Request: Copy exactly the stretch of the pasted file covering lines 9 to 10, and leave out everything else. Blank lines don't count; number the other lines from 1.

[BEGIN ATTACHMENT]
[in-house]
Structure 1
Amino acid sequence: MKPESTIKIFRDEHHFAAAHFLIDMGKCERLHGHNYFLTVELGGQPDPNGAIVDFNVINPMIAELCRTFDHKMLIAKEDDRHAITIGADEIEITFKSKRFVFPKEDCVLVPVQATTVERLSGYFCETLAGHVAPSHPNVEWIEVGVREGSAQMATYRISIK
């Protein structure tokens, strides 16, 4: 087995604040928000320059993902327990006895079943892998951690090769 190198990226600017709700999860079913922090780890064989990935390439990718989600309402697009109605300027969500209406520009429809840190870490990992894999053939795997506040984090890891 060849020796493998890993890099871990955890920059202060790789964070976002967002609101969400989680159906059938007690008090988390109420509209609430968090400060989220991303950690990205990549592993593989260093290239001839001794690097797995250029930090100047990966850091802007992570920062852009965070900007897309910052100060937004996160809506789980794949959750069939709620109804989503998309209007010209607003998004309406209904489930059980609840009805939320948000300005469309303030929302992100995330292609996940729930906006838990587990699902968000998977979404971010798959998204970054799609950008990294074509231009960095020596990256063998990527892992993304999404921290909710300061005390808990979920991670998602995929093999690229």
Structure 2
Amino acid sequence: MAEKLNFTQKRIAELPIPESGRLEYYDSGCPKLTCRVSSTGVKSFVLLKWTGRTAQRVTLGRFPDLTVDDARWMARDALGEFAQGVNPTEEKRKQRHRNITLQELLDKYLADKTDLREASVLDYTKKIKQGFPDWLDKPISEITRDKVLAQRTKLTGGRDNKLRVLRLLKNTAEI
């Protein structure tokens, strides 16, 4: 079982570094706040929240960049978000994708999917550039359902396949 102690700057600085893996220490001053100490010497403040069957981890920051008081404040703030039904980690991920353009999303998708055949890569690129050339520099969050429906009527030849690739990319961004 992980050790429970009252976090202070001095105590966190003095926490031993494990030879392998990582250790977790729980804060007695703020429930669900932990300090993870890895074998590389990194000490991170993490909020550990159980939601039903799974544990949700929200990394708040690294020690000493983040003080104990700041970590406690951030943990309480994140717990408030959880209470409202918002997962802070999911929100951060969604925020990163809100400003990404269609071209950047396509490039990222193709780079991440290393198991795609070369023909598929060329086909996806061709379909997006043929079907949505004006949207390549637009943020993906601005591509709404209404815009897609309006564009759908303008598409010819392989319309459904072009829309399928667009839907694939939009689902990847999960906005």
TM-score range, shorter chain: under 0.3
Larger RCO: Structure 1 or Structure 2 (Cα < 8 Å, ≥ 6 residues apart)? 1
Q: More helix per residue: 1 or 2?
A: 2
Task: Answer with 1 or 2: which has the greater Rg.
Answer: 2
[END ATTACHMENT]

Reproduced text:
Larger RCO: Structure 1 or Structure 2 (Cα < 8 Å, ≥ 6 residues apart)? 1
Q: More helix per residue: 1 or 2?